As a wave of “Scandimania” sweeps the world, Canada is serving as an inspiration for Scandinavian countries dealing with the challenges of increased immigration and ethnic diversity.
Scandinavia has, for a long time, been portrayed as a model for other countries.
The international fascination with Scandinavia derives from a broadly shared impression that Denmark, Norway, and Sweden have successfully combined private capitalism and economic growth, on the one hand, with state intervention and social equity on the other.
International observers have also noted that economic efficiency and social welfare in Scandinavia have reinforced each other. That’s shown by consistently high rankings in international indices of competitiveness and happiness.
A few years ago, The Economist featured a bearded, horned-helmet-wearing Viking on its front cover, with the headline The Next Supermodel.
The overriding wisdom is that the world has a lot to learn from Scandinavia.
The Scandinavian model has also received substantial attention in Canada. Academics, journalists, politicians, and leaders of non-governmental organizations alike continue to evoke Scandinavian solutions to Canadian and global challenges.
Canada no longer a ‘policy borrower?’
Canada and the world have looked to Scandinavia on many issues. These include proportional representation, voter turnout, coalition governments, gender equality, education, environment, and energy policy, welfare provisions and health-care delivery strategies — not to mention international humanitarianism and conflict resolution.
In contrast, Canada is usually described as a policy “borrower.”
But in the area of immigration and integration policies, the relationship has turned on its head. Canada is the policy lender; Scandinavia the policy borrower.
As immigration novices, Denmark, Norway and Sweden have been searching for inspiration and new solutions abroad. And the Canadian immigration and integration policy model is attracting avid interest.
In fact, the Canadian model has played a significant role in the Scandinavian reform process since the early 2000s.
In particular, Canada’s positive view of “immigrants as a resource” has served to inspire new attitudes towards labour immigration in Denmark, Norway and Sweden.
Canada’s focus on skilled economic immigrants — a group that ostensibly integrates more easily in the labour market — has been held up as an alternative to humanitarian and family migrants. That phenomenon has contributed to a significant immigrant-native employment gap in Scandinavia.
However, the three Scandinavian countries haven’t totally emulated the Canadian system.
Their immigration strategies, though focused on a Canada-style open and selective system, have differed from the original Canadian programs and policies. They’ve been adapted to domestic circumstances in a pragmatic fashion.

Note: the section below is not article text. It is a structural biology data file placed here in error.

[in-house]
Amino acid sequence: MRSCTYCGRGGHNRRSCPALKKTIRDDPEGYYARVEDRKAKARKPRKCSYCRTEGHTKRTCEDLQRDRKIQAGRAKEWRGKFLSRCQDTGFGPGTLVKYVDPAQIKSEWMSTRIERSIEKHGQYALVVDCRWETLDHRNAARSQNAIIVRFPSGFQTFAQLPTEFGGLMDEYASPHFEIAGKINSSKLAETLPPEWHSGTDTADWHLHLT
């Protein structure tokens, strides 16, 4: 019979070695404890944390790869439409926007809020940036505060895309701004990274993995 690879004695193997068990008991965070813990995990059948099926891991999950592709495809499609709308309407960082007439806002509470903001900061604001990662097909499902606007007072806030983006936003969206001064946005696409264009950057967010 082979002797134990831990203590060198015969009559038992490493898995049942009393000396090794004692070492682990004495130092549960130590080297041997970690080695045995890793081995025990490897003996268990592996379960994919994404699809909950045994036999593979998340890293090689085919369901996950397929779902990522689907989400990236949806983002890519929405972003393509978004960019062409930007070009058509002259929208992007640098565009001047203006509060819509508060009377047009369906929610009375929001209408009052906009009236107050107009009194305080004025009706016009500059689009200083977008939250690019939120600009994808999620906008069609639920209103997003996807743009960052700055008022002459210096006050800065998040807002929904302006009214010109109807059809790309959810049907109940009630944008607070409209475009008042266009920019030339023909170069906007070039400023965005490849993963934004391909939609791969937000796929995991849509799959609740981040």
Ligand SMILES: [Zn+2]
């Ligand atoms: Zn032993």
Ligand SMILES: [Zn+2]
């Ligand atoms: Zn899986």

Still, the Canadian emphasis on immigrants’ personal responsibility for integrating into the labour market — and society at large — has resonated in Denmark, Norway and Sweden.
As has a greater emphasis on so-called activation — the transfer of responsibility to social service users for their productive role in society.
Inspired by Canada
Norway’s adoption of citizenship ceremonies and the Danish points system for economic immigrants were openly transferred from Canada. The Canadian model also played a role in the acceptance of dual citizenship in Sweden.
The Scandinavian fascination with the Canadian model persists, and last month I was invited to talk about Canada’s Private Sponsorship of Refugees Program to a Swedish audience in Stockholm.
My upcoming book, Policy Learning from Canada, soon to be published by Toronto University Press, has also generated much interest in Scandinavia.
The relevance of the Canadian model for Scandinavia is intriguing for several reasons.
First, it demonstrates that the Canadian model, a product of unique socio-political and geographic circumstances — including Canada’s size, long history of immigration and early adoption of multiculturalism as official policy — can still be relevant to other countries lacking these underlying conditions.
As latecomers to modern immigration, the Scandinavian countries are clearly different from Canada. Still, the Canadian model is relevant for other countries lacking its unique circumstances, just as it is for Scandinavia.
Promotes Canada’s image abroad
What’s more, Canada’s status as an international immigration model in Scandinavia shows that a country typically described in public policy literature as a “policy borrower” can become a “policy lender” for those that have traditionally served as policy exporters.
This challenges much of the established knowledge in the field. And it suggests that the active promotion of the Canadian model by successive federal governments in Ottawa has succeeded.
Indeed, Canada’s international leadership role in immigration and integration policy is an effective way of promoting Canadian interests and values internationally, a central priority of Canadian foreign policy.
The Canadian model’s future relevance for Scandinavia and elsewhere will largely be dependent on its pragmatic adaptation to changing circumstances while producing benefits for both Canada and its immigrants.